Bird's-foot trefoil is suppressed in highly fertile habitats. The addition of nitrogen can be detrimental to trefoil, however, additions of nitrogen can increase the competitive ability of invasive species as well as non-invasive species. Establishment and maintenance of vigorous species (e.g., Solidago) may effectively compete with establishing populations, however, once established trefoil readily competes with other species.
Type -
Biocontrol

User Type -
Novice

Effectiveness -
in season
year after treatment
Crown and root rots are the most significant diseases of bird's-foot trefoil. The trefoil seed chalcid (Bruchophagus kolobovae Fed.) is a small, black, wasp-like insect that can reduce seed production. Biological control agents rarely eliminate entire populations, instead they reduce the cover and seed production. Contact your local department of agriculture for information on permits for the release of biological control agents.
Chemical controls
New (Type)IngredientsDirections
Type -
Foliar

User Type -
Professional

Effectiveness -
in season
year after treatment
Active Ingredient (A.I.):
aminopyralid

Common product name:
Milestone
Rate -
(broadcast) 7 fl oz/A (0.1 lb a.e./A)
(spot) Equivalent to broadcast rates.

Timing -
Apply in spring or fall when plant is fully leafed out and actively growing.

Remarks -
14 fl oz/A can be used as long as less than half of the area is treated. Depending on the volume of solution applied per acres, typical mixtures for spot treatments are 2-8 mL Milestone per gallon of water.

Caution -
Do not apply directly to water or to areas where surface water is present. Remains in soil for up to one year depending on application rate. Overspray or drift to desirable plants should be avoided, as even minute quantities of the spray may cause severe injury to plants. Do not compost treated plants as herbicide can persist through composting process.
Type -
Foliar

User Type -
Professional

Effectiveness -
in season
year after treatment
Active Ingredient (A.I.):
metsulfuron

Common product name:
Escort XP; Ally XP
Rate -
(broadcast) 0.5 - 1 oz/A (0.3 - 0.6 oz a.i./A)
(spot) 0.04 oz/gal (0.03 oz a.i./gal)

Timing -
Apply in spring when plant is fully leafed out and actively growing.

Caution -
Do not apply directly to water or to areas where surface water is present. Remains in the soil for months depending on application rate. Overspray or drift to desirable plants should be avoided as even minute quantities of the spray may cause severe injury to plants.
Type -
Foliar

User Type -
Professional

Effectiveness -
in season
year after treatment
Active Ingredient (A.I.):
dicamba

Common product name:
Banvel; Clarity
Rate -
(broadcast) 16 - 32 fl oz/A (0.5 - 1 lb a.e./A)
(spot) Equivalent to broadcast rates.

Timing -
Apply in spring when plant is fully leafed out and actively growing.

Caution -
Do not apply directly to water or to areas where surface water is present. Use of this chemical in areas where soils are permeable, particularly where the water table is shallow, may result in groundwater contamination. Overspray or drift to desirable plants should be avoided, as even minute quantities of the spray may cause severe injury to plants. Rates > 16 fl oz/A (0.5 lb a.e./A) may cause stunting and discoloration of sensitive grasses, such as smooth brome.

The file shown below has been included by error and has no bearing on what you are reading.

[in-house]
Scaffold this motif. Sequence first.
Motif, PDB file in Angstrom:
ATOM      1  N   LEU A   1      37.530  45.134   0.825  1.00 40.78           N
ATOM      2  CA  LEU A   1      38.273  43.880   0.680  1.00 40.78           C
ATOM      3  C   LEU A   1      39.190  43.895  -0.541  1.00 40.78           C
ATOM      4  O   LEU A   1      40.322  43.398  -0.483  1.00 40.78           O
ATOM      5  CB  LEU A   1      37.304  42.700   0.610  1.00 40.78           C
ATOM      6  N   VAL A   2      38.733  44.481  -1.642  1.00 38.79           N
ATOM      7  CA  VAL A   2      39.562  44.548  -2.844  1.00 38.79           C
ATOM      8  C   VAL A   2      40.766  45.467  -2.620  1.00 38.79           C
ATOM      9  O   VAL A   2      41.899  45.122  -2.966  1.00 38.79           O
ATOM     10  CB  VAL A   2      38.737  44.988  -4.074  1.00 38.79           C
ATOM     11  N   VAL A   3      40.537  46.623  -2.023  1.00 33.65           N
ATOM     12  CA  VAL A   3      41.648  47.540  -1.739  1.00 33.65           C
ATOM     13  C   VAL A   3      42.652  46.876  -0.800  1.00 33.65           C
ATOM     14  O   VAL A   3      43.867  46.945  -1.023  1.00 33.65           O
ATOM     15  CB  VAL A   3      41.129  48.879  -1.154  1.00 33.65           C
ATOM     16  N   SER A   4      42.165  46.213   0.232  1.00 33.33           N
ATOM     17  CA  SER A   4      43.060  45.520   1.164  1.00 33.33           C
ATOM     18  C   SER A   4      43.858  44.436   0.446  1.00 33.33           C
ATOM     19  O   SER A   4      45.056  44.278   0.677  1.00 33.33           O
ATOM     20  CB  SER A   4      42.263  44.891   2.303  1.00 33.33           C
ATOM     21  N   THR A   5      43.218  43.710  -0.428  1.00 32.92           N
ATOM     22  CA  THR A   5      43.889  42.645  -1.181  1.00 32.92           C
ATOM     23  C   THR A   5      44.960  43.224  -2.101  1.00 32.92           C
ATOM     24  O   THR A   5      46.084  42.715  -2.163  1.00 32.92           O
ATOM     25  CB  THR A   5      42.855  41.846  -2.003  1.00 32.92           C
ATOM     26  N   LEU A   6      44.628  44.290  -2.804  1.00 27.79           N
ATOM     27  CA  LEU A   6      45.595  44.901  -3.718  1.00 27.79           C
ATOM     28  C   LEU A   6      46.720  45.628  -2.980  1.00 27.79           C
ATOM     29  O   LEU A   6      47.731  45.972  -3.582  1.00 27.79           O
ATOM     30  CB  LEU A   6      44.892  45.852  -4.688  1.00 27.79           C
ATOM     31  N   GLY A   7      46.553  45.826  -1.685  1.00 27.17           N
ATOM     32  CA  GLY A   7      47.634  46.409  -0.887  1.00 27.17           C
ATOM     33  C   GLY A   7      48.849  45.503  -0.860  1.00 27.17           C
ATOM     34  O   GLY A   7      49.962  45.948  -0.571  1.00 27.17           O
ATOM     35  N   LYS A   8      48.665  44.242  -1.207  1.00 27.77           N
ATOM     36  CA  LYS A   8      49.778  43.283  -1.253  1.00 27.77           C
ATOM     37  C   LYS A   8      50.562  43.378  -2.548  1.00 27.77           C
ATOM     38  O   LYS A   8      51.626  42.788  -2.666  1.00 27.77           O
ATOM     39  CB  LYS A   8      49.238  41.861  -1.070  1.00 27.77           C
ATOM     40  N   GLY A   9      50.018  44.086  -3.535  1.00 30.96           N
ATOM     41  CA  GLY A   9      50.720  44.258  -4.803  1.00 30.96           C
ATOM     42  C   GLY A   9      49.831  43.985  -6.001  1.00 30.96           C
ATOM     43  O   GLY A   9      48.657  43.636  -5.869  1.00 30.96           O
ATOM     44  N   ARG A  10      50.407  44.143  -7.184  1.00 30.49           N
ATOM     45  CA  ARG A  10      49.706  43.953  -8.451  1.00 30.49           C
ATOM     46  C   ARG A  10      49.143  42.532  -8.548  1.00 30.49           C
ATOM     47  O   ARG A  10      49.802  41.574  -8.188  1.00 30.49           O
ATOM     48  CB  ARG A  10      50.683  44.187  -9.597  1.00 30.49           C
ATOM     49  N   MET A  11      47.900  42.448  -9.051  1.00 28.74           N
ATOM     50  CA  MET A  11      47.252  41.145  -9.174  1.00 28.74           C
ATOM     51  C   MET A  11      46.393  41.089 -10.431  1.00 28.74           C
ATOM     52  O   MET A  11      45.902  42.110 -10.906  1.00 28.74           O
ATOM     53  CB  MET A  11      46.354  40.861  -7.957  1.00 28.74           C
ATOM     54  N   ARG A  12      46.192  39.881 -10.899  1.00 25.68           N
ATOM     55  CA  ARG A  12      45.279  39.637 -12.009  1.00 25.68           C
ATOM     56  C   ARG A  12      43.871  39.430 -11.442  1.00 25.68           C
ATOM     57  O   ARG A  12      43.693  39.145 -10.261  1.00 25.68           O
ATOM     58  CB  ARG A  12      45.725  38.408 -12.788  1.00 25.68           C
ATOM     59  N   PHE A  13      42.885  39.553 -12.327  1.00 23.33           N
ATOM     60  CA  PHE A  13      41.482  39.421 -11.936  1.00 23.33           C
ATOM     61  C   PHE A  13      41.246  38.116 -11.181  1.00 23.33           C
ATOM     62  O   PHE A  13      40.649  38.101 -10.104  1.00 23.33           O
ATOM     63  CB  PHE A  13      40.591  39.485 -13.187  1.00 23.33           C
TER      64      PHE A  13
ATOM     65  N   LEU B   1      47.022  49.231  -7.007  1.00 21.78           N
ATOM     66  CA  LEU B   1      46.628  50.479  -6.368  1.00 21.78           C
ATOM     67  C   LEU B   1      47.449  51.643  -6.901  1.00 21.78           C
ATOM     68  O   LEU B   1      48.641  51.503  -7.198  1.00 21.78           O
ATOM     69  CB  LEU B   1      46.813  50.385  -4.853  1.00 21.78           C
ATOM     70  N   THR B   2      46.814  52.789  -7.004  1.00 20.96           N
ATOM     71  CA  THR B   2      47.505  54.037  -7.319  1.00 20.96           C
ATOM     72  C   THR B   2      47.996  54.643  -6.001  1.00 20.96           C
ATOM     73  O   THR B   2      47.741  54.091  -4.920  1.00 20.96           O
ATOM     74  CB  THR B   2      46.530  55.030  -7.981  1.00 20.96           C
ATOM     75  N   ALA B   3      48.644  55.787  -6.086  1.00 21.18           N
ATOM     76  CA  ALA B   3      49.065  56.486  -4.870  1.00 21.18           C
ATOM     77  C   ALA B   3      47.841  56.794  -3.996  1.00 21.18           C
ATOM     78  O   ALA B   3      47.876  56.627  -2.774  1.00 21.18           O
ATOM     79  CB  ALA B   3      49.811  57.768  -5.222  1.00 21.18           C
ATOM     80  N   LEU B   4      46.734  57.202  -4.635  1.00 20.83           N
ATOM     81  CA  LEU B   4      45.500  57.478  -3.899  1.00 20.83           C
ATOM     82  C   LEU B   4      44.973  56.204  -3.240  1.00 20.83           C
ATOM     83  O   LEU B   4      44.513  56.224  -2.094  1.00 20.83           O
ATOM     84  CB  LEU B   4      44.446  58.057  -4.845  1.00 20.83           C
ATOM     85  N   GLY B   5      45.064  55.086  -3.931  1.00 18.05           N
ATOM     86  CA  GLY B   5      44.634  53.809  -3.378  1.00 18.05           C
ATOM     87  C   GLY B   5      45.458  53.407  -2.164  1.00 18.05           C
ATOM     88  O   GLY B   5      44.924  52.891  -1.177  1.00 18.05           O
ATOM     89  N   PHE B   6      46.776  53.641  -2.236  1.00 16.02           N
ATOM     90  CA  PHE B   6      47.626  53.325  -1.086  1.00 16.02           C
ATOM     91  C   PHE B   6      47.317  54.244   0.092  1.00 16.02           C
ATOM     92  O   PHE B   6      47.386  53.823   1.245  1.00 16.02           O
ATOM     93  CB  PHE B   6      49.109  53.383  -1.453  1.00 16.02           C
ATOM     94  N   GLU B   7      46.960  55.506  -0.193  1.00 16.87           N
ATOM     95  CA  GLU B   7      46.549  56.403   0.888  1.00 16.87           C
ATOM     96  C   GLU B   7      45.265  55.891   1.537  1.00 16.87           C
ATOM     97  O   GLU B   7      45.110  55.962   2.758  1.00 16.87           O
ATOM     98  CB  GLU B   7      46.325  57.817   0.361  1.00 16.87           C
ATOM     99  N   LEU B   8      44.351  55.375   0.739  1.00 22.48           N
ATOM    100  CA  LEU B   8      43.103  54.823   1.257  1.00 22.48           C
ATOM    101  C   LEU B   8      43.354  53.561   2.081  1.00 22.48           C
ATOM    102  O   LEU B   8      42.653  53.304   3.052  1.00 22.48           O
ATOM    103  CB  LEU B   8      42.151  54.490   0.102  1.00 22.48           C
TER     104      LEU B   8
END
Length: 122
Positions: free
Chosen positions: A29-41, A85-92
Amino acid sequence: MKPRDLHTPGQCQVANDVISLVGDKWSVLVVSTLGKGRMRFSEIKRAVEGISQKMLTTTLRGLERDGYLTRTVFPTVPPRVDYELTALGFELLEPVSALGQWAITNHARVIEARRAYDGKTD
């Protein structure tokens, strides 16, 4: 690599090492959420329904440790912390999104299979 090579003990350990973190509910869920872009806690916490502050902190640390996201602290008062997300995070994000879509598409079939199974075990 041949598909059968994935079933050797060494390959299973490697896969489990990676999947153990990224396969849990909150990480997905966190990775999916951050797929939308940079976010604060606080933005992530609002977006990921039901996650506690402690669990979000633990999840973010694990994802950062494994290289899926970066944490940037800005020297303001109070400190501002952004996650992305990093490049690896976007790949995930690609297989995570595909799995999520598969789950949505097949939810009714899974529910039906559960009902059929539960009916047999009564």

Type -
Foliar

User Type -
Novice

Effectiveness -
in season
year after treatment
Active Ingredient (A.I.):
2,4-D

Common product name:
Many (Aquatic: DMA 4 IVM; 2,4-D Amine 4)
Rate -
(broadcast) 2 - 4 lb a.e./A
(spot) Equivalent to broadcast rates.

Timing -
Apply in spring when plant is fully leafed out and actively growing.

Caution -
Use aquatically labeled product if potential exists for solution to contact surface water. Use of this chemical in areas where soils are permeable, particularly where the water table is shallow, may result in groundwater contamination. Overspray or drift to desirable plants should be avoided, as even minute quantities of the spray may cause severe injury to plants.
Type -
Foliar

User Type -
Professional

Effectiveness -
in season
year after treatment
Active Ingredient (A.I.):
clopyralid

Common product name:
Transline
Rate -
(broadcast) 16 - 21 fl oz/A (0.4 - 0.5 lb a.e./A)
(spot) 0.4 - 0.75% (0.01 - 0.02 lb a.e./gal)

Timing -
Apply in spring when plant is fully leafed out and actively growing. A second application six weeks after the first is necessary in most cases.

Caution -
Do not apply directly to water or to areas where surface water is present. Use of this chemical in areas where soils are permeable, particularly where the water table is shallow, may result in groundwater contamination. Remains in soil for up to one year depending on application rate. Overspray or drift to desirable plants should be avoided, as even minute quantities of the spray may cause severe injury to plants. Do not compost treated plants as herbicide can persist through composting process.
Type -
Foliar

User Type -
Novice

Effectiveness -
in season
year after treatment
Active Ingredient (A.I.):
glyphosate

Common product name:
Roundup Pro; many others (Aquatic: Rodeo; AquaNeat)
Rate -
(broadcast) 1.5 - 3 lb a.e./A
(spot) For a 3 lb a.e./gal product. 1 - 2% (0.03 - 0.06 lb a.e./gal)

Timing -
Apply in spring when plant is fully leafed out and actively growing.

Caution -
Use product labeled for aquatic use if potential exists for solution to contact surface waters. Applications can result in bare ground as glyphosate is not selective. Overspray or drift to desirable plants should be avoided, as even minute quantities of the spray may cause severe injury to plants.